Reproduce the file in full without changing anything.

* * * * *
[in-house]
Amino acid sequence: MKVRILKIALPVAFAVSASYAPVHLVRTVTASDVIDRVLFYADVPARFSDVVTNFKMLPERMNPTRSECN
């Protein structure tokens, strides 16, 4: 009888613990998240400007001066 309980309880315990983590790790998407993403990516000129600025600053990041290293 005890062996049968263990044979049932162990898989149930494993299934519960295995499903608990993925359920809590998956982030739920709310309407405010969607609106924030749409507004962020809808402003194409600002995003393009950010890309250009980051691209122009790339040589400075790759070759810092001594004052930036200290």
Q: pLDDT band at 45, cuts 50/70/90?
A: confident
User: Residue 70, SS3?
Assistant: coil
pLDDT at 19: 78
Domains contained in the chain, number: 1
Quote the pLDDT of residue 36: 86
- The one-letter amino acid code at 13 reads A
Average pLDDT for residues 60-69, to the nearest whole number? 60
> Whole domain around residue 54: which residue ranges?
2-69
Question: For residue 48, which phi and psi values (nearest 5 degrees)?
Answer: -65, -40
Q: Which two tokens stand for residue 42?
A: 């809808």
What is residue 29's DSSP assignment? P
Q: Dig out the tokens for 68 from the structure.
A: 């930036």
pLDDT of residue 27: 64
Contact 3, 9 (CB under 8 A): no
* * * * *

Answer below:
[in-house]
Amino acid sequence: MKVRILKIALPVAFAVSASYAPVHLVRTVTASDVIDRVLFYADVPARFSDVVTNFKMLPERMNPTRSECN
């Protein structure tokens, strides 16, 4: 009888613990998240400007001066 309980309880315990983590790790998407993403990516000129600025600053990041290293 005890062996049968263990044979049932162990898989149930494993299934519960295995499903608990993925359920809590998956982030739920709310309407405010969607609106924030749409507004962020809808402003194409600002995003393009950010890309250009980051691209122009790339040589400075790759070759810092001594004052930036200290």
Q: pLDDT band at 45, cuts 50/70/90?
A: confident
User: Residue 70, SS3?
Assistant: coil
pLDDT at 19: 78
Domains contained in the chain, number: 1
Quote the pLDDT of residue 36: 86
- The one-letter amino acid code at 13 reads A
Average pLDDT for residues 60-69, to the nearest whole number? 60
> Whole domain around residue 54: which residue ranges?
2-69
Question: For residue 48, which phi and psi values (nearest 5 degrees)?
Answer: -65, -40
Q: Which two tokens stand for residue 42?
A: 């809808």
What is residue 29's DSSP assignment? P
Q: Dig out the tokens for 68 from the structure.
A: 């930036």
pLDDT of residue 27: 64
Contact 3, 9 (CB under 8 A): no